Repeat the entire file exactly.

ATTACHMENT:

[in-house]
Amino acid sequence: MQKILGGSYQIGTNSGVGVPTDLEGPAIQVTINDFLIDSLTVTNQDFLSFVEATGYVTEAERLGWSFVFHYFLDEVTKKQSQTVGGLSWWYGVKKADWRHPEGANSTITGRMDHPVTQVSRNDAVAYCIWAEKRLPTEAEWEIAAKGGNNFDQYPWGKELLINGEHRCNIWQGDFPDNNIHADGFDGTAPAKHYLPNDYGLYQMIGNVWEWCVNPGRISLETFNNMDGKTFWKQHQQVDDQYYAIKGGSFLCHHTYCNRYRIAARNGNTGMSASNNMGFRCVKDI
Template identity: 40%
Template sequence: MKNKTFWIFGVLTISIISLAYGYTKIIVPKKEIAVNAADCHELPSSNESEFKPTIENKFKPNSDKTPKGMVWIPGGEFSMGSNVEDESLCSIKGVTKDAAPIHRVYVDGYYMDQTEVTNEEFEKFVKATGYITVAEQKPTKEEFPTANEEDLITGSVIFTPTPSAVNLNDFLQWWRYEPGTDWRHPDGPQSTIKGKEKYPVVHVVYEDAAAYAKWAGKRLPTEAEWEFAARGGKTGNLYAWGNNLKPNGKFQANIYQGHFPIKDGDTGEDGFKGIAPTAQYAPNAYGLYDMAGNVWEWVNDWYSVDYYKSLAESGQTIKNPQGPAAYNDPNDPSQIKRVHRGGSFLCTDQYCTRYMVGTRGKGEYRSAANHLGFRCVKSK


[in-house]
Amino acid sequence: MQKILGGSYQIGTNSGVGVPTDLEGPAIQVTINDFLIDSLTVTNQDFLSFVEATGYVTEAERLGWSFVFHYFLDEVTKKQSQTVGGLSWWYGVKKADWRHPEGANSTITGRMDHPVTQVSRNDAVAYCIWAEKRLPTEAEWEIAAKGGNNFDQYPWGKELLINGEHRCNIWQGDFPDNNIHADGFDGTAPAKHYLPNDYGLYQMIGNVWEWCVNPGRISLETFNNMDGKTFWKQHQQVDDQYYAIKGGSFLCHHTYCNRYRIAARNGNTGMSASNNMGFRCVKDI
Template identity: 40%
Template sequence: MKNKTFWIFGVLTISIISLAYGYTKIIVPKKEIAVNAADCHELPSSNESEFKPTIENKFKPNSDKTPKGMVWIPGGEFSMGSNVEDESLCSIKGVTKDAAPIHRVYVDGYYMDQTEVTNEEFEKFVKATGYITVAEQKPTKEEFPTANEEDLITGSVIFTPTPSAVNLNDFLQWWRYEPGTDWRHPDGPQSTIKGKEKYPVVHVVYEDAAAYAKWAGKRLPTEAEWEFAARGGKTGNLYAWGNNLKPNGKFQANIYQGHFPIKDGDTGEDGFKGIAPTAQYAPNAYGLYDMAGNVWEWVNDWYSVDYYKSLAESGQTIKNPQGPAAYNDPNDPSQIKRVHRGGSFLCTDQYCTRYMVGTRGKGEYRSAANHLGFRCVKSK